What to Do When Your Insurance Company Says “No” Tips for Consumers

Your doctor has diagnosed a condition, and the good news is there is a medicine that can treat it. The bad news is that your insurance doesn't cover the medicine. 

When your insurance company won't cover a medicine, it may be because the medicine is not on the insurance plan's "formulary," or list of medicines covered by the plan. Below are tips to help you gain access to the medicine that is best suited for your health needs. 

Your options include:

  • Ask your doctor to request an "exception" based on medical necessity
    • A doctor can request that the plan cover the medicine "by exception," even though it is not on the plan's formulary if he or she feels that another medicine will not work as effectively for you, or if, for example, you are allergic to the other medicines on the formulary.
  • Ask your doctor if a different medicine - one that is covered - will work for you
    • Sometimes, another medicine - one your insurance will pay for - will work to effectively treat your condition. Discuss with your doctor the risks and benefits of taking a different medication. 
  • Pay for the medicine yourself
    • Sometimes there is not a significant difference between the cost of the medicine if you pay for it yourself and your insurance plan "co-payment," (the cost you are required to cover as part of your plan).  In rare cases, it is actually less expensive to pay for the medicine without plan coverage than with plan coverage.
  • File a formal, written appeal
    • If your doctor requests an exception and it is denied, you can further appeal that decision by submitting a letter of appeal to your insurance company. For more information about what information to include in your letter see a sample letter, visit www.YourPharmacyBenefit.org and select "Medicare" or "Private Insurance" and then click on "Use Your Plan."

Writing a Letter of Appeal

If you or your doctor requested an exception but your insurance still will not cover the medication, then it is best to submit your appeal in writing. This way you also have a written record of the actions you took and the dates on which you took them. Be sure to include the following information in your appeal letter to your insurance plan:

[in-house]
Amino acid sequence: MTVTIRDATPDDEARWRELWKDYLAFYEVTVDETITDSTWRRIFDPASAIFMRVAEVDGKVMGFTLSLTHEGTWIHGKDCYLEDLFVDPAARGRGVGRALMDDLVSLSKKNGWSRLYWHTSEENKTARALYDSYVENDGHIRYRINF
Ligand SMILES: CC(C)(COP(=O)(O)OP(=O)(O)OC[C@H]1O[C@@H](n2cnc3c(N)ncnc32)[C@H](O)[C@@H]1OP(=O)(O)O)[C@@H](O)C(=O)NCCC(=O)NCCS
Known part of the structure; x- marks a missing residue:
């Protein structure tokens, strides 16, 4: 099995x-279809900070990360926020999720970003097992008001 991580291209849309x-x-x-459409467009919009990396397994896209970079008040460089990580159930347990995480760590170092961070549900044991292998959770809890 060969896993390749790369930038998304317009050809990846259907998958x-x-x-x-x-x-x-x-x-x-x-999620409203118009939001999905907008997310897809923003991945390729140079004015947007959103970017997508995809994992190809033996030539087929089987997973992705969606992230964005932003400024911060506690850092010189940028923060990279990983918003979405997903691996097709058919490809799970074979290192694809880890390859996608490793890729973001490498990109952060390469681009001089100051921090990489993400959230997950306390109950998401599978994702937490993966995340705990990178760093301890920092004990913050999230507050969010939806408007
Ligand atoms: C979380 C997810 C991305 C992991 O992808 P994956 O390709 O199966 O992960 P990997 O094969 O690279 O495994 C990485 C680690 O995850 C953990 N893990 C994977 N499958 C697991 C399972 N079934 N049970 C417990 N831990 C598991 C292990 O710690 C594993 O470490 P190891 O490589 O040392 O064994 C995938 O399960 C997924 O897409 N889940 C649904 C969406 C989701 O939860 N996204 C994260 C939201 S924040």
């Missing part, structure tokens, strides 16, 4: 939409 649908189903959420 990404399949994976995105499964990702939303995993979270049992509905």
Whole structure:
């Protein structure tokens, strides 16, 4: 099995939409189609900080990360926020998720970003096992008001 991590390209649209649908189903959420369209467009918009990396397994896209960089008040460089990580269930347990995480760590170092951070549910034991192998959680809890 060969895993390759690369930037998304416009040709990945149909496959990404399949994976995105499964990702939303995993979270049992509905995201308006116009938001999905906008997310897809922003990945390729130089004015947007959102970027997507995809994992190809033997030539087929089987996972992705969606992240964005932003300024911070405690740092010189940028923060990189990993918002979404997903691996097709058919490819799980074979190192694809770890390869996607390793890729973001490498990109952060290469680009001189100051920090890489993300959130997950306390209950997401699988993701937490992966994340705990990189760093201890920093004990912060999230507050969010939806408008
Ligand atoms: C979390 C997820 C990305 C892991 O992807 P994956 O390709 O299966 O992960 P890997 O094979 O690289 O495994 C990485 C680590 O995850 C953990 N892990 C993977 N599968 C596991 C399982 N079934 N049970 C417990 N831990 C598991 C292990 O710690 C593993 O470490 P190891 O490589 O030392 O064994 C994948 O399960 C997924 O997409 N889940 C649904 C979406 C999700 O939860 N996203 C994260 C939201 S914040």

• Your name
  • Your address
  • Your phone number
  • You ID number
  • The date
  • The date you sought to fill the prescription
  • The name and address of the pharmacy where you took the prescription
  • The name, address and phone number of the doctor who wrote the prescription

You should also:

  • Include a copy of either the receipt, if you paid already, or the prescription, if you didn't. If you don't have either of these items, list the exact name and dosage of the medication for which the prescription was written.
  • Clearly state that you wish to formally appeal the denial of drug coverage.
  • State that the insurance company has permission to contact your doctor's office if medical information is needed to consider your appeal. (Be sure to let your doctor's office know that they may get a call.)
  • Indicate that you expect the plan to tell you about all steps you may need to take for them to process your appeal. Also ask them to tell you how you can appeal further if they deny this appeal.
  • Ask them to clearly describe their decision and the basis for that decision when they respond in writing.

To see a sample letter, visit www.YourPharmacyBenefit.org and select "Medicare" or "Private Insurance" and then click on "Use Your Plan."


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